The law is well settled that pre-petition interest is treated as part of the tax claim and is nondischargeable to the extent the underlying taxes are nondischargeable. In re Larson, 862 F.2d 112 (7th Cir.1988); Gambone v. State of Ohio Dept. of Taxation (In re Gambone), 224 B.R. 611, 612 n. 2 (Bankr.N.D.Ohio 1998); Pierce v. United States (In re Pierce), 184 B.R. 338, 344 (Bankr.N.D.Iowa); Jones v. United States (In re Jones), 177 B.R. 541, 543 n. 2 (Bankr. N.D.Ohio 1994); Leahey v. United States (In re Leahey), 169 B.R. 96, 99 (Bankr.D.N.J. 1994); Olson v. United States (In re Olson), 154 B.R. 276, 282-83 (Bankr.D.N.D.1993); Cinquegrani v. United States (In re Cinquegrani), 1993 WL 134752, *8 (Bankr. N.D.Ill.1993); Carlen v. Dept. of Treasury Internal Revenue Serv. (In re Carlen), 1991 WL 424977, *31 (Bankr.N.D.Ind.1991); Brinegar v. United States (In re Brinegar), 76 B.R. 176, 179 (Bankr.D.Colo.1987). In the case sub judice, pre-petition interest on the nondischargeable taxes is likewise nondischargeable.

    C. Penalties

    With respect to the dischargeability of tax penalties, § 523(a)(7) provides that a debt will not be discharged:

    to the extent such debt is for a fine, penalty, or forfeiture payable to and for the benefit of a governmental unit, and is not compensation for actual pecuniary loss, other than a tax penalty —
    (A) relating to a tax of a kind not specified in paragraph (1) of this subsection,
    or
    (B) imposed with respect to a transaction or event that occurred before three years before the date of the filing of the petition . . .

    11 U.S.C. § 523(a)(7). In Stoll, this Court held that the three year limitations period in § 523(a)(7)(B) is suspended during previous bankruptcy cases. 132 B.R. at 786. Further, this Court held that tax penalties are incurred on the first day that the return is late. Id. at 787. Thus, in the case at bar, the "transactions or events" which resulted in the assessment of the tax penalties were the absence of returns on August 16, 1990, April 16, 1991, and April 16, 1992, respectively. In its Motion for Summary Judgment, Creditor concedes that the penalties for the 1989 and 1990 tax years are dischargeable.[4] The penalties associated with the 1991 taxes are excepted from discharge under § 523(a)(7)(B).[5]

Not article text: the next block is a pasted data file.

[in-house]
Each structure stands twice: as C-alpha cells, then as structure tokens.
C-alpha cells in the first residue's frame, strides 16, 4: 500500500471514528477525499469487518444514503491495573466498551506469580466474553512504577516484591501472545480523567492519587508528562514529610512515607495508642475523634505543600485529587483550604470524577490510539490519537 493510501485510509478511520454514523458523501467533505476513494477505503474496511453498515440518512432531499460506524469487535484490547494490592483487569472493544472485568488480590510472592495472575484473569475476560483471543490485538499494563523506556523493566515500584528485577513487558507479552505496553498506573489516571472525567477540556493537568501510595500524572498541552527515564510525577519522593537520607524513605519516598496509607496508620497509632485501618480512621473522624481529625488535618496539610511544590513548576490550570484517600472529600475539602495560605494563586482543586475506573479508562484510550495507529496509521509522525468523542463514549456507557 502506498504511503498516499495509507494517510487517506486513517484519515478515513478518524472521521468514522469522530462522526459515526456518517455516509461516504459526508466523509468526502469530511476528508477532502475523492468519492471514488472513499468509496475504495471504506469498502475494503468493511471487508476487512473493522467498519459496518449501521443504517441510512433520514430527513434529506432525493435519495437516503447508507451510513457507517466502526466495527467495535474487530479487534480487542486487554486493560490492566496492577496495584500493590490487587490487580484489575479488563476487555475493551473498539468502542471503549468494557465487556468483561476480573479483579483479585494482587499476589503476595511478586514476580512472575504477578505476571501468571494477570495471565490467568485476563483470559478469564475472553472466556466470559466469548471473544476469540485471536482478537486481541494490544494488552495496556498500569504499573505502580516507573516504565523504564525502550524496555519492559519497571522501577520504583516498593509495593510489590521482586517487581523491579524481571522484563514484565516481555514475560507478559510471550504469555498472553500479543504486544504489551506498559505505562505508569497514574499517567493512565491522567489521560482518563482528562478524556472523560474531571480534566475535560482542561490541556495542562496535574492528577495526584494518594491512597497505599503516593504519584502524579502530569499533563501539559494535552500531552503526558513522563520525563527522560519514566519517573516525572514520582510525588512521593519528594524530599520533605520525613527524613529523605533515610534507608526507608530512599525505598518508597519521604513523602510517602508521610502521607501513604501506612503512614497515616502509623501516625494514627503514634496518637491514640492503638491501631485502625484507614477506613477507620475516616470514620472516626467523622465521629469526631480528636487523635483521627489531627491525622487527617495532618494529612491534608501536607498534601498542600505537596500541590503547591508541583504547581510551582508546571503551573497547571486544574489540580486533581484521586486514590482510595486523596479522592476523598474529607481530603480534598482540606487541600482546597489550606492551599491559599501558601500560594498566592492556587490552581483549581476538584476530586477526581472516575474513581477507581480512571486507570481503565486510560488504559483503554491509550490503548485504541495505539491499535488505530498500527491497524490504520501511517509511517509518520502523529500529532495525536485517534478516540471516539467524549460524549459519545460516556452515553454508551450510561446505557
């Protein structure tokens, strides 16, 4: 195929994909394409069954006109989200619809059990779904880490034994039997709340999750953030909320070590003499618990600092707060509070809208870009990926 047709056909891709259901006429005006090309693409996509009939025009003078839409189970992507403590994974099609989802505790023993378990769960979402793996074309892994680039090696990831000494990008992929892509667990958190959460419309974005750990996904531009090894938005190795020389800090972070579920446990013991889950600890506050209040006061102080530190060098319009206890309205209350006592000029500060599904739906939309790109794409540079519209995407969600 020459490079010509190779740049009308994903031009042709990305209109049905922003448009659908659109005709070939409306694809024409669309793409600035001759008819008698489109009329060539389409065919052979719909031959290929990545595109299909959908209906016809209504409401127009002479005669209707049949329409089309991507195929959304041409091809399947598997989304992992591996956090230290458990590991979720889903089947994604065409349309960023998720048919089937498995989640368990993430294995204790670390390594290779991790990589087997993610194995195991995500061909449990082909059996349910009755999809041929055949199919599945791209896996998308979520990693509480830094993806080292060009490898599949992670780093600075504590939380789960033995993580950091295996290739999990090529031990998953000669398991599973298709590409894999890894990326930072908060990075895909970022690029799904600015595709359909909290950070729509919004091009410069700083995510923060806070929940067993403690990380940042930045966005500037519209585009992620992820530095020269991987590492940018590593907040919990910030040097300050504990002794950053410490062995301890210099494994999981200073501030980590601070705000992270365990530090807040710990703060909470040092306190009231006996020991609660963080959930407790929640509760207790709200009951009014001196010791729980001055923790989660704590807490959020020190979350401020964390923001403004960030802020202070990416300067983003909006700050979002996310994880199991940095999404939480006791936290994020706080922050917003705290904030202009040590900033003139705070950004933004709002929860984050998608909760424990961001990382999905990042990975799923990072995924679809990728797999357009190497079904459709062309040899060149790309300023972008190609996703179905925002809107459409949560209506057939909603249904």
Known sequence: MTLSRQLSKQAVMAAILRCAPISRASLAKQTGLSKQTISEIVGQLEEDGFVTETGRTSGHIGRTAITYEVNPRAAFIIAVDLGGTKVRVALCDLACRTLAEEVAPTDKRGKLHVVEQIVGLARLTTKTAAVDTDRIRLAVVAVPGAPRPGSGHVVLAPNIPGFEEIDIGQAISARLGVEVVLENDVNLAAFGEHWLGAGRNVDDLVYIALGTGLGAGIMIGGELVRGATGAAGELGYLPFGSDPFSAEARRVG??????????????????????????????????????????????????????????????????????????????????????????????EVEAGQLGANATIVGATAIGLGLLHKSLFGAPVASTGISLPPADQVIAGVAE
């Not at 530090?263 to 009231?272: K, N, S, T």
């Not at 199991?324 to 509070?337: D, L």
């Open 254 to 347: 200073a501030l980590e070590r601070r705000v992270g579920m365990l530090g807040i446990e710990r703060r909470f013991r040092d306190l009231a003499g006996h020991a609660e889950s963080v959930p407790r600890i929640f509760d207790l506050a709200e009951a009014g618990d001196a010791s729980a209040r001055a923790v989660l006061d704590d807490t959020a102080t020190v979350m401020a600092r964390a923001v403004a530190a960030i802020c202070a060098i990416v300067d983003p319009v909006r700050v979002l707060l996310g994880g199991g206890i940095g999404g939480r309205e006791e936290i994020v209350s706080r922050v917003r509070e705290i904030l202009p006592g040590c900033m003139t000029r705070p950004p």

CONCLUSION

    The Court having given this matter its careful consideration, it is hereby ORDERED that Creditor's Motion for Summary Judgment is GRANTED and Debtor's Motion for Summary Judgment is DENIED. *342 With the exception of the penalties for tax years 1989 and 1990, Debtor's tax obligations are NONDISCHARGEABLE under § 523(a)(1)(B)(ii) and § 523(a)(7)(B).

    IT IS SO ORDERED.

    NOTES

    [1] The filing date for Debtor's 1989 return was extended by the Internal Revenue Service to August 15, 1990.

    [2] If the time period is tolled during the two previous cases as Creditor would have the Court do, one year and 103 days passed from the date the returns were filed to the date of filing of the instant petition.

    [3] In 1993, the Court likewise held that the three year limitations period set forth in § 507(a)(7)(A)(i) [now § 507(a)(8)(A)(i)] was tolled during the time the debtor was in a previous bankruptcy proceeding. In re Reed, 165 B.R. 959 (Bankr.N.D.Ga.1993) (Drake, B.J.).

    [4] Three years equates to 1,095 calendar days. Even though the limitations period was suspended during the previous bankruptcy cases, 1,577 days elapsed from the transaction date for the 1989 penalties (August 16, 1990) to the filing date (July 24, 1997). With respect to the 1990 penalties, 1,334 days elapsed from the transaction date (April 16, 1991) to the filing date. Thus, Creditor has appropriately conceded that the tax penalties for 1989 and 1990 fall outside of the three year limitations period set forth in § 523(a)(7)(B).

    [5] As for the 1991 penalties, only 969 days elapsed from the transaction date of April 16, 1992, to the filing date of July 24, 1997. For this reason, the 1991 penalties are nondischargeable.

Document Info

DocketNumber: Bankruptcy No. N97-12310-WHD, Adversary No. 98-1035N

Citation Numbers: 227 B.R. 338

Judges: W. Homer Drake, Jr.

Filed Date: 12/2/1998

Precedential Status: Precedential

Modified Date: 3/3/2016

Authorities (43)

Celotex Corporation v. Myrtle Nell Catrett, Administratrix ... , 477 U.S. 317 ( 1986 )

In the Matter of Roger Roy Larson and Joan Rosemary Larson, ... , 862 F.2d 112 ( 1988 )

In Re Joanne G. Burns, Debtor. Joanne G. Burns v. United ... , 887 F.2d 1541 ( 1989 )

In Re Henry E. Montoya, M.D. And Juanita F. Montoya, ... , 965 F.2d 554 ( 1992 )

In Re William E. Richards, Debtor, United States of America ... , 994 F.2d 763 ( 1993 )

in-re-beverly-dell-west-debtor-beverly-dell-west-v-united-states-of , 5 F.3d 423 ( 1993 )

Bankr. L. Rep. P 75,925 in the Matter of Fred August ... , 19 F.3d 163 ( 1993 )

in-re-bernice-elizabeth-haas-thomas-milton-haas-debtors-thomas-milton , 48 F.3d 1153 ( 1995 )

In Re Ralph E. Taylor, Debtor. Ralph E. Taylor , 81 F.3d 20 ( 1996 )

In Re William Winston Waugh, Debtor. William Winston Waugh ... , 109 F.3d 489 ( 1997 )

In Re Brent , 212 B.R. 311 ( 1997 )

In Re Collins , 223 B.R. 372 ( 1997 )

In Re Brinegar , 76 B.R. 176 ( 1987 )

Matter of Earhart , 68 B.R. 14 ( 1986 )

In Re Cowart , 199 B.R. 799 ( 1996 )

In Re Grogan , 158 B.R. 197 ( 1993 )

In Re Leahey , 169 B.R. 96 ( 1994 )

In Re Rangel , 209 B.R. 744 ( 1997 )

In Re McMillan , 204 B.R. 835 ( 1996 )

In Re Olson , 154 B.R. 276 ( 1993 )